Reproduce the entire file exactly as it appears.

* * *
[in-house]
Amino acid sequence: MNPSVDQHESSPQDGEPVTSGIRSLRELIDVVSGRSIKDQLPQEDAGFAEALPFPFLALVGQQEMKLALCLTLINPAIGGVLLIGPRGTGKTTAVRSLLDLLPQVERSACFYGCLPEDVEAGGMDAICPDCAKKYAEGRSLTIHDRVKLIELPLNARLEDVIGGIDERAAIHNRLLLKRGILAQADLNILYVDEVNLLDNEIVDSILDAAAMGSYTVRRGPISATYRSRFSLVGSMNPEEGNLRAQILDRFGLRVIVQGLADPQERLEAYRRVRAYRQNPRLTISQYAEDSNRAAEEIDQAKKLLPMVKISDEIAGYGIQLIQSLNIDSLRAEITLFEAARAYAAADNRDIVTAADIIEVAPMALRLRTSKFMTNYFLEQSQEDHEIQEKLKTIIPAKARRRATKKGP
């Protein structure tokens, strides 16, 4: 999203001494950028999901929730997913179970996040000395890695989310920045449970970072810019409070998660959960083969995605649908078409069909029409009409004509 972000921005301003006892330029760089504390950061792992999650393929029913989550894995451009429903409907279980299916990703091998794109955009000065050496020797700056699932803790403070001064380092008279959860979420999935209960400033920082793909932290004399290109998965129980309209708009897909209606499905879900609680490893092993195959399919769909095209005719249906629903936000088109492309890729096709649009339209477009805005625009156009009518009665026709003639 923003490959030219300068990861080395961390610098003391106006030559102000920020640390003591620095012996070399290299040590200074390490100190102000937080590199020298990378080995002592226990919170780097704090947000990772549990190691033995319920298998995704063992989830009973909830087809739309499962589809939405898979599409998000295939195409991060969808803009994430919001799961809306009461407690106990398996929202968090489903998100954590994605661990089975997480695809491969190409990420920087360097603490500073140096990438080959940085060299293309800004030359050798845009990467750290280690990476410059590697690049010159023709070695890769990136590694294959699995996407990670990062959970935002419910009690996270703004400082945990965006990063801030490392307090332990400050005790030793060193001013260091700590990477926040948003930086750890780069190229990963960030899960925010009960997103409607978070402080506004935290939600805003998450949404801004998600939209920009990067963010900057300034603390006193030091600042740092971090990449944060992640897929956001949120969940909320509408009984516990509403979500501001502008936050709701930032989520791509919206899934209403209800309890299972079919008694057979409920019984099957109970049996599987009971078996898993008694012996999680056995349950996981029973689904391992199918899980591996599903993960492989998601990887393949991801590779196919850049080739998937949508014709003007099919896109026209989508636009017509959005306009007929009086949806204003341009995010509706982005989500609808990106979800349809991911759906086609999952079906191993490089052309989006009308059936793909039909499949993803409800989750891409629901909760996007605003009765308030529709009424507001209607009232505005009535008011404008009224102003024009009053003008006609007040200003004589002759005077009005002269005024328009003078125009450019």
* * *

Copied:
[in-house]
Amino acid sequence: MNPSVDQHESSPQDGEPVTSGIRSLRELIDVVSGRSIKDQLPQEDAGFAEALPFPFLALVGQQEMKLALCLTLINPAIGGVLLIGPRGTGKTTAVRSLLDLLPQVERSACFYGCLPEDVEAGGMDAICPDCAKKYAEGRSLTIHDRVKLIELPLNARLEDVIGGIDERAAIHNRLLLKRGILAQADLNILYVDEVNLLDNEIVDSILDAAAMGSYTVRRGPISATYRSRFSLVGSMNPEEGNLRAQILDRFGLRVIVQGLADPQERLEAYRRVRAYRQNPRLTISQYAEDSNRAAEEIDQAKKLLPMVKISDEIAGYGIQLIQSLNIDSLRAEITLFEAARAYAAADNRDIVTAADIIEVAPMALRLRTSKFMTNYFLEQSQEDHEIQEKLKTIIPAKARRRATKKGP
């Protein structure tokens, strides 16, 4: 999203001494950028999901929730997913179970996040000395890695989310920045449970970072810019409070998660959960083969995605649908078409069909029409009409004509 972000921005301003006892330029760089504390950061792992999650393929029913989550894995451009429903409907279980299916990703091998794109955009000065050496020797700056699932803790403070001064380092008279959860979420999935209960400033920082793909932290004399290109998965129980309209708009897909209606499905879900609680490893092993195959399919769909095209005719249906629903936000088109492309890729096709649009339209477009805005625009156009009518009665026709003639 923003490959030219300068990861080395961390610098003391106006030559102000920020640390003591620095012996070399290299040590200074390490100190102000937080590199020298990378080995002592226990919170780097704090947000990772549990190691033995319920298998995704063992989830009973909830087809739309499962589809939405898979599409998000295939195409991060969808803009994430919001799961809306009461407690106990398996929202968090489903998100954590994605661990089975997480695809491969190409990420920087360097603490500073140096990438080959940085060299293309800004030359050798845009990467750290280690990476410059590697690049010159023709070695890769990136590694294959699995996407990670990062959970935002419910009690996270703004400082945990965006990063801030490392307090332990400050005790030793060193001013260091700590990477926040948003930086750890780069190229990963960030899960925010009960997103409607978070402080506004935290939600805003998450949404801004998600939209920009990067963010900057300034603390006193030091600042740092971090990449944060992640897929956001949120969940909320509408009984516990509403979500501001502008936050709701930032989520791509919206899934209403209800309890299972079919008694057979409920019984099957109970049996599987009971078996898993008694012996999680056995349950996981029973689904391992199918899980591996599903993960492989998601990887393949991801590779196919850049080739998937949508014709003007099919896109026209989508636009017509959005306009007929009086949806204003341009995010509706982005989500609808990106979800349809991911759906086609999952079906191993490089052309989006009308059936793909039909499949993803409800989750891409629901909760996007605003009765308030529709009424507001209607009232505005009535008011404008009224102003024009009053003008006609007040200003004589002759005077009005002269005024328009003078125009450019």